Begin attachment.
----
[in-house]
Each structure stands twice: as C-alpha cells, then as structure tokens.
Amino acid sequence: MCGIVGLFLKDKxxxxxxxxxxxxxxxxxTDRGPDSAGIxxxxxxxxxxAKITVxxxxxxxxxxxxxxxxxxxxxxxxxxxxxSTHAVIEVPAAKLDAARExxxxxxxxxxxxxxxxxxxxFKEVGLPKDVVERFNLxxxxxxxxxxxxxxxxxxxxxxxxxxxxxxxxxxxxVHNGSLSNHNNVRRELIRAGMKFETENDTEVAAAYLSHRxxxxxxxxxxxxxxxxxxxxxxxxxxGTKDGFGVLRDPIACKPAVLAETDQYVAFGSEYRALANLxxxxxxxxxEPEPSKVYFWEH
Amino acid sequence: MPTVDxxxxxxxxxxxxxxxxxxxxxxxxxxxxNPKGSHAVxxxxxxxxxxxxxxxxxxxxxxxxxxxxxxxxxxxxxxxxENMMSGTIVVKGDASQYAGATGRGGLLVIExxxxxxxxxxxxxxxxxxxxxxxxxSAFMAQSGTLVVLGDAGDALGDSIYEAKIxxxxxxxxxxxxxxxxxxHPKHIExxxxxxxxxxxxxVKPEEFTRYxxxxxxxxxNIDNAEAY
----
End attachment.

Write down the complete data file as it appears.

[in-house]
Each structure stands twice: as C-alpha cells, then as structure tokens.
Amino acid sequence: MCGIVGLFLKDKxxxxxxxxxxxxxxxxxTDRGPDSAGIxxxxxxxxxxAKITVxxxxxxxxxxxxxxxxxxxxxxxxxxxxxSTHAVIEVPAAKLDAARExxxxxxxxxxxxxxxxxxxxFKEVGLPKDVVERFNLxxxxxxxxxxxxxxxxxxxxxxxxxxxxxxxxxxxxVHNGSLSNHNNVRRELIRAGMKFETENDTEVAAAYLSHRxxxxxxxxxxxxxxxxxxxxxxxxxxGTKDGFGVLRDPIACKPAVLAETDQYVAFGSEYRALANLxxxxxxxxxEPEPSKVYFWEH
Amino acid sequence: MPTVDxxxxxxxxxxxxxxxxxxxxxxxxxxxxNPKGSHAVxxxxxxxxxxxxxxxxxxxxxxxxxxxxxxxxxxxxxxxxENMMSGTIVVKGDASQYAGATGRGGLLVIExxxxxxxxxxxxxxxxxxxxxxxxxSAFMAQSGTLVVLGDAGDALGDSIYEAKIxxxxxxxxxxxxxxxxxxHPKHIExxxxxxxxxxxxxVKPEEFTRYxxxxxxxxxNIDNAEAY